John Locke and the fable of liberalism

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JournalHistorical Journal
DateSubmitted - 5 Apr 2017
DateE-pub ahead of print - 15 Apr 2018
DatePublished (current) - 1 Sep 2018
Issue number3
Volume61
Number of pages26
Pages (from-to)597-622
Early online date15/04/18
Original languageEnglish

Abstract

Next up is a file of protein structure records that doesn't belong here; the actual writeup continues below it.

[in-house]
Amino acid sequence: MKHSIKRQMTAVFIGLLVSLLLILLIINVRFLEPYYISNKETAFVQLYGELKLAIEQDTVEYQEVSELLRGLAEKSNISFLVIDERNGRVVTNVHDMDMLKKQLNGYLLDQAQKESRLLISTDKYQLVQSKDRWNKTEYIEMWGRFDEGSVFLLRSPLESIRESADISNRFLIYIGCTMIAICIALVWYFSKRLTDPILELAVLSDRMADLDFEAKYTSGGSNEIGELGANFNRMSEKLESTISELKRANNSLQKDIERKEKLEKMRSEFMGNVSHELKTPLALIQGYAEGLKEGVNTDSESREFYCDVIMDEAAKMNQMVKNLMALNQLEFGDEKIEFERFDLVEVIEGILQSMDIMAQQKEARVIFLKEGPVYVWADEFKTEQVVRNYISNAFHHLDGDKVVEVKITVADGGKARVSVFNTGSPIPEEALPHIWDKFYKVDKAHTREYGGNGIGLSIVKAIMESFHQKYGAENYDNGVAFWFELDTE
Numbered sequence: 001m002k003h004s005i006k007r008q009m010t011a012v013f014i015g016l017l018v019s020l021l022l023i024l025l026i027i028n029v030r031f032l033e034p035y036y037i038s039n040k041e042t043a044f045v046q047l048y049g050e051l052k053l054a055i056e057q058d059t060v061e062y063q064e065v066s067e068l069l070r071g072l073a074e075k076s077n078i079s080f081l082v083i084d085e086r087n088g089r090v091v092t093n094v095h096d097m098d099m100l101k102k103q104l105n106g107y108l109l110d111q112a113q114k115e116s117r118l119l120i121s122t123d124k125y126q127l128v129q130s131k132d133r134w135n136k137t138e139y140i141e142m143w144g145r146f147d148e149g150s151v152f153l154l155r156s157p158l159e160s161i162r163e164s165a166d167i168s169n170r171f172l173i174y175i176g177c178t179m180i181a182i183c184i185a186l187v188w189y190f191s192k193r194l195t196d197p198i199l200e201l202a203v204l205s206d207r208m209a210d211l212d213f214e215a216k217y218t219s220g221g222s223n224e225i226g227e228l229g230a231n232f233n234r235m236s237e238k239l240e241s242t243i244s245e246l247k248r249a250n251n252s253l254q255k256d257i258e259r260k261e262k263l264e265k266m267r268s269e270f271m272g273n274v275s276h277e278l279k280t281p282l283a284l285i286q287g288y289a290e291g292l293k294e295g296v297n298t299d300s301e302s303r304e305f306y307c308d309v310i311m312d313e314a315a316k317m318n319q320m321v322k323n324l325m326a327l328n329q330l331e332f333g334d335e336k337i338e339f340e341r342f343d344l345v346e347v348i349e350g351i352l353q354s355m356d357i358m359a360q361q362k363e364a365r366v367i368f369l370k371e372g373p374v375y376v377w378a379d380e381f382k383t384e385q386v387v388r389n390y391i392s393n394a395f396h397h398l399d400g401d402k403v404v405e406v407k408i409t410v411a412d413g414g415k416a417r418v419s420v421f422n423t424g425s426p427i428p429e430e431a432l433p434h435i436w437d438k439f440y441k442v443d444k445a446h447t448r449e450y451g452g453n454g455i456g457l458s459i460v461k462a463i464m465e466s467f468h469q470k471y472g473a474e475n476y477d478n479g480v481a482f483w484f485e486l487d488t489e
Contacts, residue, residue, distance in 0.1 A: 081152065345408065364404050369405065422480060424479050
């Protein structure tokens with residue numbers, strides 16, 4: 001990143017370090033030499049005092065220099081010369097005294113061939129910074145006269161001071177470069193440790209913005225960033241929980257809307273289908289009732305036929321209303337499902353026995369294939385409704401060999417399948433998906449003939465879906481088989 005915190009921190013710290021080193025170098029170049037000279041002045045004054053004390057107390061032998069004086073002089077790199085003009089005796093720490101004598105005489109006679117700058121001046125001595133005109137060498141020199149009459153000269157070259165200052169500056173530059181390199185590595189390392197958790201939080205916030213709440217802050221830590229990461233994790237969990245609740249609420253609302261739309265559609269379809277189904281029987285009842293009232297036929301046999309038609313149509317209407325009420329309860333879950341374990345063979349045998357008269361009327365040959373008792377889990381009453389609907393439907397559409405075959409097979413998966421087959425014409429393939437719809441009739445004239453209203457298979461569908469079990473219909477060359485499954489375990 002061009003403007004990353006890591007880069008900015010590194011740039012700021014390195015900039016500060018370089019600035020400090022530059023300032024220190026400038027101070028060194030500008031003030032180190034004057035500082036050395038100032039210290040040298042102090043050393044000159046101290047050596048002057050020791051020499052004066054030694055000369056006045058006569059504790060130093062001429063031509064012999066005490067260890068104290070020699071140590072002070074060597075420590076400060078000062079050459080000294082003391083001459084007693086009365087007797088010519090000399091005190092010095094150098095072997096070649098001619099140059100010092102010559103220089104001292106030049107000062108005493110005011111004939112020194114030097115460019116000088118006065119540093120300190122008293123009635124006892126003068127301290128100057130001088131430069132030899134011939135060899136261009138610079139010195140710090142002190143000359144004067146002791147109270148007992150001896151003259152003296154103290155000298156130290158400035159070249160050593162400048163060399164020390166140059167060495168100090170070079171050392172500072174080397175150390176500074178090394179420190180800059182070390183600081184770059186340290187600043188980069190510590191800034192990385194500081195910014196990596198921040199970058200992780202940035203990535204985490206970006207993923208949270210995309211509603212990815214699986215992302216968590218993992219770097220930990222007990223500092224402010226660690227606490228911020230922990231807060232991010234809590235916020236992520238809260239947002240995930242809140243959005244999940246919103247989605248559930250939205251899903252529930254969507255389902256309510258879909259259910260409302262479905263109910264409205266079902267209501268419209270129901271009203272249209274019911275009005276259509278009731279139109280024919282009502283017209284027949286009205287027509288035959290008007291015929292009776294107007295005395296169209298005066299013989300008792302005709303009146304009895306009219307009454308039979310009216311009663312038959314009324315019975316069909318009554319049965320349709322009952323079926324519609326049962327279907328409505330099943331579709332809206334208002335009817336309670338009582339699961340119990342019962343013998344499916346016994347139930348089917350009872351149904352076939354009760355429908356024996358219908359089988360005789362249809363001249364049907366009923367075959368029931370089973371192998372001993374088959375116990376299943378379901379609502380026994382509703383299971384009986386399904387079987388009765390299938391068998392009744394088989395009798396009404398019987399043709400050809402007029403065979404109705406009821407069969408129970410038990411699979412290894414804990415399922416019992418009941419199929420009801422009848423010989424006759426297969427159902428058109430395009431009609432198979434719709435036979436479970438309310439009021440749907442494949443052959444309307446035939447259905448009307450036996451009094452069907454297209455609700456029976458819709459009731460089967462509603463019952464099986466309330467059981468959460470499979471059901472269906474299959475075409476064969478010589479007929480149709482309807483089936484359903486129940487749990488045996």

This essay explores the ways in which John Locke was claimed by liberalism and refashioned in its image. It was Locke’s fate to become the hero of what is termed here ‘the fable of liberalism’, the story which liberalism recounts to itself about its origins and purposes. Locke is a pivotal figure—perhaps the pivotal figure—in this story, because he put into currency persuasive conceptions which contributed centrally to the emergence and spread of liberal ways of thinking about politics which continue to ramify. It was Locke who established that the legitimacy of a political authority was a necessary condition of obedience to it and that its legitimacy was a product of the consensual route by which it came into existence; and it was Locke who established that the route by which it came into existence determined the ends for which it existed and, with these, the scope of its authority. All this was explained in an exemplary way by Locke, the story goes, and he remains the great exemplar for understanding and conducting politics legitimately even today. The essay puts question marks beside the Locke who emerges from this story and seeks to substitute a different Locke in his place.

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